"But this is totally unrelated to the things I did wrong journalistically," he says quickly. "This is really important. I did those things before and during the use of this drug. So I want to make it clear that I'm not in any way attributing anything I did to that drug use. They are totally separate things." […]

He stopped taking both Provigil and Seroxat one week after leaving the Independent, but can't be sure what withdrawal was like because, "It's hard to separate the challenge of stopping those drugs from the wider challenge of what was happening at that time." I ask if he would place himself in the 10% vulnerable to addiction, and he says, "Probably at that point, yes. Not now, because I've changed the way I live so much that I wouldn't put myself in that category any more."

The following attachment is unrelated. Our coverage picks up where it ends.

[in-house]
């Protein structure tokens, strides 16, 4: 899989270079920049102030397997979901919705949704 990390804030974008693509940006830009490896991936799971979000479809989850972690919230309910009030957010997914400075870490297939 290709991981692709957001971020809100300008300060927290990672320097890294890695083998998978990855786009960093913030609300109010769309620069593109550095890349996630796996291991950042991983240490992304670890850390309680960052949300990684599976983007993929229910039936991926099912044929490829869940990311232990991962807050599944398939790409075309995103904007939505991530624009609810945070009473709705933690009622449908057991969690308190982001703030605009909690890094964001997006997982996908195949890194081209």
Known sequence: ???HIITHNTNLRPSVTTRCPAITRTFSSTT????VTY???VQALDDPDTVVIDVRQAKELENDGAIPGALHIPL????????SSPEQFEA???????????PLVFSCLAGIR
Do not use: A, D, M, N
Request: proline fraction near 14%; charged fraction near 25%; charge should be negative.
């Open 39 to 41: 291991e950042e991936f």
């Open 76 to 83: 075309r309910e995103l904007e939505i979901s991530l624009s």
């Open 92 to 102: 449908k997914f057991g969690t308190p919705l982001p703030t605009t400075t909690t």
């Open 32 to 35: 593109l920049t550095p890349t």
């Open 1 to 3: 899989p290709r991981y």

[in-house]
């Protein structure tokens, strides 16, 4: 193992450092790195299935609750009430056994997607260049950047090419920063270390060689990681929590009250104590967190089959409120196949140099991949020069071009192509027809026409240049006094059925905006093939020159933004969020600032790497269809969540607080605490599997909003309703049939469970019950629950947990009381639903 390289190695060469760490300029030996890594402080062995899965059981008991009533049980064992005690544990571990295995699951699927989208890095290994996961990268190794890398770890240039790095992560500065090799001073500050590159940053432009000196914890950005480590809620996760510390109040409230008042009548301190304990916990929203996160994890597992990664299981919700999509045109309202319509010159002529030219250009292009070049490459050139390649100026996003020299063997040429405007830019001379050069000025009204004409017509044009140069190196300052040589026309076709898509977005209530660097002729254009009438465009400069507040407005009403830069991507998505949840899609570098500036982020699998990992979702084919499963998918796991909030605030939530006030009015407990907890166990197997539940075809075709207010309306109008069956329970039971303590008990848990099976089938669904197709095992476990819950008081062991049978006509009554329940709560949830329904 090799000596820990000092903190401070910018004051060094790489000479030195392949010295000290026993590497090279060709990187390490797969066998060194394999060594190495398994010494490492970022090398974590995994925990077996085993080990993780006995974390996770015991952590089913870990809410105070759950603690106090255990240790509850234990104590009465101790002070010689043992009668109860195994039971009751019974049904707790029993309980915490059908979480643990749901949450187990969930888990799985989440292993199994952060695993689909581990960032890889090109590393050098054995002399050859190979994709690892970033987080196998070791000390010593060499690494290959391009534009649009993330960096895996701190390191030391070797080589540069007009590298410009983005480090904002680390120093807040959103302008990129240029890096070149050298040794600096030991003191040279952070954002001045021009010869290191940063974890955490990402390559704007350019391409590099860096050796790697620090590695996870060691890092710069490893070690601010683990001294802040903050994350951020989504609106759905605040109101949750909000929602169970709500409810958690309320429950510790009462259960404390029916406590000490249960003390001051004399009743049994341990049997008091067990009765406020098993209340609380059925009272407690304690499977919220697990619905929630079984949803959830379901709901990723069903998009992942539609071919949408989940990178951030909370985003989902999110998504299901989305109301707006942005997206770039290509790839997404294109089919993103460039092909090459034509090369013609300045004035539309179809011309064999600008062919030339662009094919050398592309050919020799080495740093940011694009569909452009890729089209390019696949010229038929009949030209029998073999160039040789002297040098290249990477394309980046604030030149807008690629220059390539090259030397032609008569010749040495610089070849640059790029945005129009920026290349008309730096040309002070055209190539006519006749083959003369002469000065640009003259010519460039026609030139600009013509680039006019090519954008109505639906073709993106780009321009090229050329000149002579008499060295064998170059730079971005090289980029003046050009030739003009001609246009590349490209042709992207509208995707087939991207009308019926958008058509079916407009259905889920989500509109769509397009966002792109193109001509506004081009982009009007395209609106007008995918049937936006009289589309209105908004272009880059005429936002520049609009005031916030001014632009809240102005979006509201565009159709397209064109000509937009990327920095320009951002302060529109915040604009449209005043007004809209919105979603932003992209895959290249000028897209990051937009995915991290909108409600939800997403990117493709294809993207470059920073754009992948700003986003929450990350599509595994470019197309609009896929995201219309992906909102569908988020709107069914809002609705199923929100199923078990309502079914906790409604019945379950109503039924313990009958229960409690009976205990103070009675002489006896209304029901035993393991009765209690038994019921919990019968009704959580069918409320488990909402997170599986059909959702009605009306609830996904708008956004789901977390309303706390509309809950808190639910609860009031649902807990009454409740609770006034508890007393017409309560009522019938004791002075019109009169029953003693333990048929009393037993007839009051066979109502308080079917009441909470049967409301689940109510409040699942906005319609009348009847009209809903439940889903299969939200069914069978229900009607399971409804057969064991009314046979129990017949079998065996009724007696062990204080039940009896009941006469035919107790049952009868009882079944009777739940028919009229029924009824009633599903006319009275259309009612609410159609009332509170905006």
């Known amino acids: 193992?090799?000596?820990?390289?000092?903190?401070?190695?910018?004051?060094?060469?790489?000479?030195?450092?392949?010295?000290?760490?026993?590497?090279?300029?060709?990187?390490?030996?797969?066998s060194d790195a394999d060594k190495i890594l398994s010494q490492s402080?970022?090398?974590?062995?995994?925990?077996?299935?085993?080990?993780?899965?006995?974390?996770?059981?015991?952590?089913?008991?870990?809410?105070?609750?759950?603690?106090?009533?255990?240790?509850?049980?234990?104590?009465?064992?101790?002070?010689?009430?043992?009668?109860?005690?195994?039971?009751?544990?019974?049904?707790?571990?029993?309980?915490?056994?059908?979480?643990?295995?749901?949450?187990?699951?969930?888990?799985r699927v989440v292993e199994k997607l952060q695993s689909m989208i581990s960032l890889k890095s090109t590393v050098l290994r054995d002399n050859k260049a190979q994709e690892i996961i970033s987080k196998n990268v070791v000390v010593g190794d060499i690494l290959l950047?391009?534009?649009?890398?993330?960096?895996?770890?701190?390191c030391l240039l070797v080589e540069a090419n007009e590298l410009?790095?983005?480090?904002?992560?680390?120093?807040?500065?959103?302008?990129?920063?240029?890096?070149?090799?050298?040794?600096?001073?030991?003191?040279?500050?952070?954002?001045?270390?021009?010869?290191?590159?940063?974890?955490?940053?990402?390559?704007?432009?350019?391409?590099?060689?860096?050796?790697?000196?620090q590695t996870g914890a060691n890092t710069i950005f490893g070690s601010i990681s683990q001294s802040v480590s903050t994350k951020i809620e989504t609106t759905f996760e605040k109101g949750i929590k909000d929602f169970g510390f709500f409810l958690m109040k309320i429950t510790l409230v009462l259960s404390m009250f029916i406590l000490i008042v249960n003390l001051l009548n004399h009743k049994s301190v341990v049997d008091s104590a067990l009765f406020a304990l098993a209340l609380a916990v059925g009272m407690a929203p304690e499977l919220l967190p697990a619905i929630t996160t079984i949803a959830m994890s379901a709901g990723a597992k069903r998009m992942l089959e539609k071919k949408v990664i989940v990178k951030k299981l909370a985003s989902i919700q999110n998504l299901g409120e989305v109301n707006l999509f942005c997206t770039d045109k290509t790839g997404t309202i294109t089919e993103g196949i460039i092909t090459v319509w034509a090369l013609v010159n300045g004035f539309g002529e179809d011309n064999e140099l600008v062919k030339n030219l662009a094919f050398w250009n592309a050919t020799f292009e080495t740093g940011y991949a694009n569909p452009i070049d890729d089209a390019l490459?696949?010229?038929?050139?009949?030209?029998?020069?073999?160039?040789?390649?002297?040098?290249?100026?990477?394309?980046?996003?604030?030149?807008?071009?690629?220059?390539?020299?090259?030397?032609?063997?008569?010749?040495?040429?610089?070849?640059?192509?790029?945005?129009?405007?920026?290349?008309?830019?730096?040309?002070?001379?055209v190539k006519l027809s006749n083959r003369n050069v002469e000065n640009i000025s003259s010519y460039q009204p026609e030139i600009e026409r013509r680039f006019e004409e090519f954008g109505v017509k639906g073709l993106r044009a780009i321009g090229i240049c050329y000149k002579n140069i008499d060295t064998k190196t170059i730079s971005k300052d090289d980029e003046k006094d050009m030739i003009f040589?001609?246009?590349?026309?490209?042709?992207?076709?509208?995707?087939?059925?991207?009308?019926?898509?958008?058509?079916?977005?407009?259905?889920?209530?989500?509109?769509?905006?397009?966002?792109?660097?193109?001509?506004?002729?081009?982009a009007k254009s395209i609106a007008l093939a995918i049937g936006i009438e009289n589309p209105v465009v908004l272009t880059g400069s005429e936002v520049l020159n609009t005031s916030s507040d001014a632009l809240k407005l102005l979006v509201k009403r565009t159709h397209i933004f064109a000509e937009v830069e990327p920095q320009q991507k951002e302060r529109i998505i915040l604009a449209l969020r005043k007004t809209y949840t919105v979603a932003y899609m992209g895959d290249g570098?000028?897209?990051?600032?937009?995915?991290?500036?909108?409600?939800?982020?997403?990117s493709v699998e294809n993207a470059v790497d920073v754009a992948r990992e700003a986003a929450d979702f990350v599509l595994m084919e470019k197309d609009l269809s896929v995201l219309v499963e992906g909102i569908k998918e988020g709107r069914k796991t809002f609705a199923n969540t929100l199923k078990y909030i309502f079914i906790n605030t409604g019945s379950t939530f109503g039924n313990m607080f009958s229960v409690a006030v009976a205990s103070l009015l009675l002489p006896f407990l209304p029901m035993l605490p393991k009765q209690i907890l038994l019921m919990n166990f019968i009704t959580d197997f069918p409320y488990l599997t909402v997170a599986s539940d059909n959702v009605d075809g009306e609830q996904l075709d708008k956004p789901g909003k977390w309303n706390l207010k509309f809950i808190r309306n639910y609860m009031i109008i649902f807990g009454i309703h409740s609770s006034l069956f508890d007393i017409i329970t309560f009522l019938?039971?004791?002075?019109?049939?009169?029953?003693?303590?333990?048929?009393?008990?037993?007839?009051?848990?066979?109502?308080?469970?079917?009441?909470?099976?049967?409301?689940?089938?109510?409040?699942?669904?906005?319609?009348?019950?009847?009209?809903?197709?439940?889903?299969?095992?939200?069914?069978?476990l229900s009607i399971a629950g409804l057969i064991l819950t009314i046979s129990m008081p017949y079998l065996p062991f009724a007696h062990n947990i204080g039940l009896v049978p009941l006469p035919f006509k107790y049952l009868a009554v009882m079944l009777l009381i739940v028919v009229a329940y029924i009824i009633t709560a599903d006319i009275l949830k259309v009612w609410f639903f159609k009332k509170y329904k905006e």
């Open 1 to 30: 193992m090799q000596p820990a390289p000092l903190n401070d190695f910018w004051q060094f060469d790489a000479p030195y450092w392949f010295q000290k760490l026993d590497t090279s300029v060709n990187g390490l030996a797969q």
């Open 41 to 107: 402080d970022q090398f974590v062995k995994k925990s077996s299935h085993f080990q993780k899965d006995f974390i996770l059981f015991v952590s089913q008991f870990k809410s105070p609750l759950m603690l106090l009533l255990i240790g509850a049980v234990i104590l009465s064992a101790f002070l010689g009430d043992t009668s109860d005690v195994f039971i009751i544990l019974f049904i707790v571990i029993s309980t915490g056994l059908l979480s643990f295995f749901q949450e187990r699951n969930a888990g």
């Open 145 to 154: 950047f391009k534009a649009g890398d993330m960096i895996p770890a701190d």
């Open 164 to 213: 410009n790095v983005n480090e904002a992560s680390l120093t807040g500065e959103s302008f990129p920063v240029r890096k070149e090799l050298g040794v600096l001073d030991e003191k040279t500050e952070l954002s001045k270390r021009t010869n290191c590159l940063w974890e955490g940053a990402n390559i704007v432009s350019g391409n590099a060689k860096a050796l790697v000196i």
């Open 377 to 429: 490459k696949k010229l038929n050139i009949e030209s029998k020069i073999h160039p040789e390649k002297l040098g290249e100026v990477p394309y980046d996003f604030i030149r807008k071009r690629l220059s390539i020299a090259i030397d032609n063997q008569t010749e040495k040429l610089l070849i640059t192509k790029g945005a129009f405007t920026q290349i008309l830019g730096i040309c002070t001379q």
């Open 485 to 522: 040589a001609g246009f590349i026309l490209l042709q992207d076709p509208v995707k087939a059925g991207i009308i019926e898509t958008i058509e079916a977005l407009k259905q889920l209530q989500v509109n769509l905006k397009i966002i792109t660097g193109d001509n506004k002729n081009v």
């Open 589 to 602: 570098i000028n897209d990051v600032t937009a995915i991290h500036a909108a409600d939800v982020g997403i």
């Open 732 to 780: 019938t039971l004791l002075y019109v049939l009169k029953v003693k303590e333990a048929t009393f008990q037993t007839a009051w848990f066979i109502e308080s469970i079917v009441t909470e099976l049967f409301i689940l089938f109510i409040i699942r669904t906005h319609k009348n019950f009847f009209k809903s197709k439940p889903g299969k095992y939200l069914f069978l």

Much more Gollum-style back-and-forth in the whole interview.

You can choose to believe Hari's self-depiction and reported output or not (I choose the latter, having once published a piece of his whose central interview I suspect was made up). But what I think you really shouldn't do, if you are a news organization, is present a review of the book—or even, in some cases, an excerpt—without letting readers know that the author has serially and spectacularly made stuff up, and has been challenged on his latest work as well.

Politico Magazine last month. ||| Politico

Yet a startling number of publications have done just that. Politico Magazine ran a long excerpt with nary a peep about Hari's well-documented troubles. So did The Huffington Post, In These Times, the San Francisco Bay View, and Boing Boing. Reviews that didn't see fit to mention Hari's problems with veracity ran in The Christian Science Monitor, Baltimore City Paper, and Boston Globe, for starters.